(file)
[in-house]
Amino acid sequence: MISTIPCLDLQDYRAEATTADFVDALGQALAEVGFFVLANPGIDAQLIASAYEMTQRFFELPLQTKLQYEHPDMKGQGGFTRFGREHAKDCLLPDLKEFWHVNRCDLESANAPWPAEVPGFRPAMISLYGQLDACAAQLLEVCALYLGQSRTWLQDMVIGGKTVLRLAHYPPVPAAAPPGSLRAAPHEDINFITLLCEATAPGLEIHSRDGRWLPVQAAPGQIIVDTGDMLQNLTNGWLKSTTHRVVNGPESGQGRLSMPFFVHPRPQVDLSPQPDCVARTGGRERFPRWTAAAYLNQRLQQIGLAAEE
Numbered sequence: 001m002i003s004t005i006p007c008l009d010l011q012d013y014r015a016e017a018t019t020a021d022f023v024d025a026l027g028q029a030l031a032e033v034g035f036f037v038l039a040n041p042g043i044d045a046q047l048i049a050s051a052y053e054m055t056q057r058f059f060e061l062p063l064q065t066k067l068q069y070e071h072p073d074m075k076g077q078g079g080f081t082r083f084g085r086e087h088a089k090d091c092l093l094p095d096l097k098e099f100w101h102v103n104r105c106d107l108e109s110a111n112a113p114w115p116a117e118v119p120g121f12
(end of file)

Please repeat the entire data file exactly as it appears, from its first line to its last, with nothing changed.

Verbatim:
[in-house]
Amino acid sequence: MISTIPCLDLQDYRAEATTADFVDALGQALAEVGFFVLANPGIDAQLIASAYEMTQRFFELPLQTKLQYEHPDMKGQGGFTRFGREHAKDCLLPDLKEFWHVNRCDLESANAPWPAEVPGFRPAMISLYGQLDACAAQLLEVCALYLGQSRTWLQDMVIGGKTVLRLAHYPPVPAAAPPGSLRAAPHEDINFITLLCEATAPGLEIHSRDGRWLPVQAAPGQIIVDTGDMLQNLTNGWLKSTTHRVVNGPESGQGRLSMPFFVHPRPQVDLSPQPDCVARTGGRERFPRWTAAAYLNQRLQQIGLAAEE
Numbered sequence: 001m002i003s004t005i006p007c008l009d010l011q012d013y014r015a016e017a018t019t020a021d022f023v024d025a026l027g028q029a030l031a032e033v034g035f036f037v038l039a040n041p042g043i044d045a046q047l048i049a050s051a052y053e054m055t056q057r058f059f060e061l062p063l064q065t066k067l068q069y070e071h072p073d074m075k076g077q078g079g080f081t082r083f084g085r086e087h088a089k090d091c092l093l094p095d096l097k098e099f100w101h102v103n104r105c106d107l108e109s110a111n112a113p114w115p116a117e118v119p120g121f12